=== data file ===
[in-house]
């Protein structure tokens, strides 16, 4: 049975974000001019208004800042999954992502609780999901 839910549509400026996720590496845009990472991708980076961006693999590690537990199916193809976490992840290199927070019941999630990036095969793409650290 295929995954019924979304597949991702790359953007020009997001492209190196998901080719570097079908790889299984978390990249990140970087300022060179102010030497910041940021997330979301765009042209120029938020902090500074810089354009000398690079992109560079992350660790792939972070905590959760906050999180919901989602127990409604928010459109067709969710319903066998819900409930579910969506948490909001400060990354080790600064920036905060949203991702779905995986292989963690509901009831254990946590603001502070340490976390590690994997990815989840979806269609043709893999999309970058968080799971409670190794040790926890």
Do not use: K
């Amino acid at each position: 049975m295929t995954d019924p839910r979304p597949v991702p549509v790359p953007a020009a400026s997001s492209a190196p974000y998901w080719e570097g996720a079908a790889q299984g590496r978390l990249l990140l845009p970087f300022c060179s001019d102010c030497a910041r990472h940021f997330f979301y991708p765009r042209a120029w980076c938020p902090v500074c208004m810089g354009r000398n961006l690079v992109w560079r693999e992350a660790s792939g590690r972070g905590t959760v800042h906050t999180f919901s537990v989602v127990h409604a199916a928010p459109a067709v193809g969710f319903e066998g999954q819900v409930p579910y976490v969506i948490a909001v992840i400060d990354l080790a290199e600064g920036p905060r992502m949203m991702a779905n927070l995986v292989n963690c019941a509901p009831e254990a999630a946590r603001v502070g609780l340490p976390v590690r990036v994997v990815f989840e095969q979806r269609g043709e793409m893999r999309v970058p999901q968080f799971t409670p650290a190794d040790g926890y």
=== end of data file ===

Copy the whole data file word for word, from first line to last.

[in-house]
């Protein structure tokens, strides 16, 4: 049975974000001019208004800042999954992502609780999901 839910549509400026996720590496845009990472991708980076961006693999590690537990199916193809976490992840290199927070019941999630990036095969793409650290 295929995954019924979304597949991702790359953007020009997001492209190196998901080719570097079908790889299984978390990249990140970087300022060179102010030497910041940021997330979301765009042209120029938020902090500074810089354009000398690079992109560079992350660790792939972070905590959760906050999180919901989602127990409604928010459109067709969710319903066998819900409930579910969506948490909001400060990354080790600064920036905060949203991702779905995986292989963690509901009831254990946590603001502070340490976390590690994997990815989840979806269609043709893999999309970058968080799971409670190794040790926890």
Do not use: K
């Amino acid at each position: 049975m295929t995954d019924p839910r979304p597949v991702p549509v790359p953007a020009a400026s997001s492209a190196p974000y998901w080719e570097g996720a079908a790889q299984g590496r978390l990249l990140l845009p970087f300022c060179s001019d102010c030497a910041r990472h940021f997330f979301y991708p765009r042209a120029w980076c938020p902090v500074c208004m810089g354009r000398n961006l690079v992109w560079r693999e992350a660790s792939g590690r972070g905590t959760v800042h906050t999180f919901s537990v989602v127990h409604a199916a928010p459109a067709v193809g969710f319903e066998g999954q819900v409930p579910y976490v969506i948490a909001v992840i400060d990354l080790a290199e600064g920036p905060r992502m949203m991702a779905n927070l995986v292989n963690c019941a509901p009831e254990a999630a946590r603001v502070g609780l340490p976390v590690r990036v994997v990815f989840e095969q979806r269609g043709e793409m893999r999309v970058p999901q968080f799971t409670p650290a190794d040790g926890y």